Sjögren’s syndrome (“SHOW-grins”), is a chronic incurable disease of the immune system that affects about 1% of the general population. Women account for 90% of diagnosed cases. The disease most often appears after the age of 45, but it is also seen in children and young adults.
In Sjögren’s, the body’s immune system attacks the moisture-producing glands. Lymphocytes (a type of white blood cell) then attack and destroy these glands causing painfully dry eyes and mouth. Sjögren’s can also cause dryness of the skin, nose and vagina. It can affect organs such as the kidney, gastrointestinal tract, blood vessels, lung, liver, pancreas and central nervous system. It is an all invasive disease.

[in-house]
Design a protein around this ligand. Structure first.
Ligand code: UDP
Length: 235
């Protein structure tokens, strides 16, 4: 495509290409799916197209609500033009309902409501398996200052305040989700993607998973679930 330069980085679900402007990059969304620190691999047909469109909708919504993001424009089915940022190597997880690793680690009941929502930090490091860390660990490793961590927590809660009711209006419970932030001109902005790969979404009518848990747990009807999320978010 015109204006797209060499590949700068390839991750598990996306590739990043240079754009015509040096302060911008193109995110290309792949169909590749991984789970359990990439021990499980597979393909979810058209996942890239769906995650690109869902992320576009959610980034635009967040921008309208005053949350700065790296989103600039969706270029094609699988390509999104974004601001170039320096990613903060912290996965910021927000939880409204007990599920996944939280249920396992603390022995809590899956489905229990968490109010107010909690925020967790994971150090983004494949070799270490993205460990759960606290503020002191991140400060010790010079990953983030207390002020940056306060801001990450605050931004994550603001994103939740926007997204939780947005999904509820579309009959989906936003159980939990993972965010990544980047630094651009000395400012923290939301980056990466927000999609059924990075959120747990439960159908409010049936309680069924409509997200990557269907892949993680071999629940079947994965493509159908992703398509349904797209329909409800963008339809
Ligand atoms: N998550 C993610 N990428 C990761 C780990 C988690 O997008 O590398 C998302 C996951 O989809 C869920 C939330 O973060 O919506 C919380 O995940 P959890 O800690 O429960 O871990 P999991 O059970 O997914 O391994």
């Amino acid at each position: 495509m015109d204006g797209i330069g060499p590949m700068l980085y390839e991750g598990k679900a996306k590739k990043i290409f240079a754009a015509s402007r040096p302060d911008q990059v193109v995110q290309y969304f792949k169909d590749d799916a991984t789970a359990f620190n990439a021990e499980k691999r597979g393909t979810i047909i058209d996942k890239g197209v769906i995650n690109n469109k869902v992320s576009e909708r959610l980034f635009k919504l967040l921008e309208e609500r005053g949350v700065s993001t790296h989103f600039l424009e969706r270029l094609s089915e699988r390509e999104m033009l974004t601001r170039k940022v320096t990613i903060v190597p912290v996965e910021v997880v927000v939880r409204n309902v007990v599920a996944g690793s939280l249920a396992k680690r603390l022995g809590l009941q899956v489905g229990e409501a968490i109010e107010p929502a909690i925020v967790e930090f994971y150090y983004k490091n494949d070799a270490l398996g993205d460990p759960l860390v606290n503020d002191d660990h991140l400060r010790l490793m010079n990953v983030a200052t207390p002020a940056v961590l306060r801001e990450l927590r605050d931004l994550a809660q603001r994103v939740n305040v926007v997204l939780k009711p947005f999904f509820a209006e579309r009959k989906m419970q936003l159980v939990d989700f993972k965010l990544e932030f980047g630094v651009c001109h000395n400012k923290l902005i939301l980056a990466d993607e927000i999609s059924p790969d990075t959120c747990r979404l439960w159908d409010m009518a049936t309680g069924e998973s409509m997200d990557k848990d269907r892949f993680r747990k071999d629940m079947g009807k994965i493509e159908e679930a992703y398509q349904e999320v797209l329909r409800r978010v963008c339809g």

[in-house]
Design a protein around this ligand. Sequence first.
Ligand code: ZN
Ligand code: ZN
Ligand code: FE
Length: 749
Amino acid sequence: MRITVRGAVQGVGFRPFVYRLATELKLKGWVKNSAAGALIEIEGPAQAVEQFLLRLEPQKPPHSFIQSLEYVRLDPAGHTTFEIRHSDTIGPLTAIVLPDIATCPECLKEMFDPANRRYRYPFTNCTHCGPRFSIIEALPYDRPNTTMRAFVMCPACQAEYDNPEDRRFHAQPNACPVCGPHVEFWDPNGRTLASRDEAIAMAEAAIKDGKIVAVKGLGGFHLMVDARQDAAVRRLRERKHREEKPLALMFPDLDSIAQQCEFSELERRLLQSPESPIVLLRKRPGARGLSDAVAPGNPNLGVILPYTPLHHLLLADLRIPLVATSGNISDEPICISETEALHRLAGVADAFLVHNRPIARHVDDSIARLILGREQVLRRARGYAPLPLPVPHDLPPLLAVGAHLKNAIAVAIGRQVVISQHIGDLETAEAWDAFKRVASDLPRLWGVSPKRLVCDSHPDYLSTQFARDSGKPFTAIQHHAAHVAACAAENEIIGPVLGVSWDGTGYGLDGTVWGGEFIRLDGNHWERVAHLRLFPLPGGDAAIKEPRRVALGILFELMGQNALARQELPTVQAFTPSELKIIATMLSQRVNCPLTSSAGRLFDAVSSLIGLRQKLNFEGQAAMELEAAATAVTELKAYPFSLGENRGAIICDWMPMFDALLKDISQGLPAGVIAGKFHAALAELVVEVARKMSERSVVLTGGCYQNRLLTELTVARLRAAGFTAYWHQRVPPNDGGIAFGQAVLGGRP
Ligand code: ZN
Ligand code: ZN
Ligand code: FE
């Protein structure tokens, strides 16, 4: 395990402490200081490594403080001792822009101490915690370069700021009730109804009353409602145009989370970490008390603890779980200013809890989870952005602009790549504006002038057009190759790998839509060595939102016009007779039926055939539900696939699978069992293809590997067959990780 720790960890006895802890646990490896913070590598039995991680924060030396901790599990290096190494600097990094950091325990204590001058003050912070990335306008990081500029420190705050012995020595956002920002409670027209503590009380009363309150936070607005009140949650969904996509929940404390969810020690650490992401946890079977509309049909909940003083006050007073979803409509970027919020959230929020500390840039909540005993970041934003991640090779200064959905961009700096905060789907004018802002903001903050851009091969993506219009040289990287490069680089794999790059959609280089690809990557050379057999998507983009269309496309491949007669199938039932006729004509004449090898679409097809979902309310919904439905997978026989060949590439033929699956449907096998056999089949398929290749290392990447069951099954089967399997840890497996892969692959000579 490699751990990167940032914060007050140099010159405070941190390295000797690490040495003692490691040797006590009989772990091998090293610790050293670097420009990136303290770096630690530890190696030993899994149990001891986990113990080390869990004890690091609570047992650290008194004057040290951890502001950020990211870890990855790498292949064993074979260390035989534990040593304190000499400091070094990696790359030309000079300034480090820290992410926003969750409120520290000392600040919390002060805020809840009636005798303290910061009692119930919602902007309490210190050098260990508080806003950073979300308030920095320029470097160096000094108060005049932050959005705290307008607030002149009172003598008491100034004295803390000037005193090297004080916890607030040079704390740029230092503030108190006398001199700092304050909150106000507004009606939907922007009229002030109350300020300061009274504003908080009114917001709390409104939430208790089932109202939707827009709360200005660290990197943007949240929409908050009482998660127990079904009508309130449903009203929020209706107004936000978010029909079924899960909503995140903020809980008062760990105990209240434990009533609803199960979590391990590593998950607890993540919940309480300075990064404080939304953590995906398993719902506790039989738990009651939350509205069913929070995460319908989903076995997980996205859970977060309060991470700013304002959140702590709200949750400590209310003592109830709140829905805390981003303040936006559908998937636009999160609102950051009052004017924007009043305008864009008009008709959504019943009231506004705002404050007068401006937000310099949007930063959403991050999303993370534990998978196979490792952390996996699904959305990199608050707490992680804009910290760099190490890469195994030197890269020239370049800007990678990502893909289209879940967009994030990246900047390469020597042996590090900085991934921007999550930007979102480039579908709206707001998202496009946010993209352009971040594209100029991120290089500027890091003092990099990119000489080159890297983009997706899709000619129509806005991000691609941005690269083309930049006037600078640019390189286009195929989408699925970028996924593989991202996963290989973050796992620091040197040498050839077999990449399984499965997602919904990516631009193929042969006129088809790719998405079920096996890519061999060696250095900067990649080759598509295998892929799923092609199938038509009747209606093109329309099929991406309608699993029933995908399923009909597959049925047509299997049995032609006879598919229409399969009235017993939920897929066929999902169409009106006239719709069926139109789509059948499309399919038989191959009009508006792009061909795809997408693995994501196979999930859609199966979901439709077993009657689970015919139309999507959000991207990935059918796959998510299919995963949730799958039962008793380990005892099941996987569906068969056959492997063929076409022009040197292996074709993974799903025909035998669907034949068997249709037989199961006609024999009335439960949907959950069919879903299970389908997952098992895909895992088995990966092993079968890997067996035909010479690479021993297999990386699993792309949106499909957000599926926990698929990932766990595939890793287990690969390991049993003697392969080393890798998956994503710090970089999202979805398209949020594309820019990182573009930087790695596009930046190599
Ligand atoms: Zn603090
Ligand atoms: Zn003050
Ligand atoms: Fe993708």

When Sjögren’s syndrome occurs alone with no other connective tissue disease (such as lupus, rheumatoid arthritis and fibromyalgia), it is called primary Sjögren’s. Secondary Sjögren’s occurs when a patient has a connective tissue disease and later develops Sjögren’s. The prevalence of primary and secondary Sjögren’s is about equal.
While there is no known cure for Sjögren’s syndrome, many of the symptoms can be treated with simple corrective measures along with over-the-counter and prescription medications.
This information is intended for educational purposes only and is not a substitute for a consultation with a health care professional.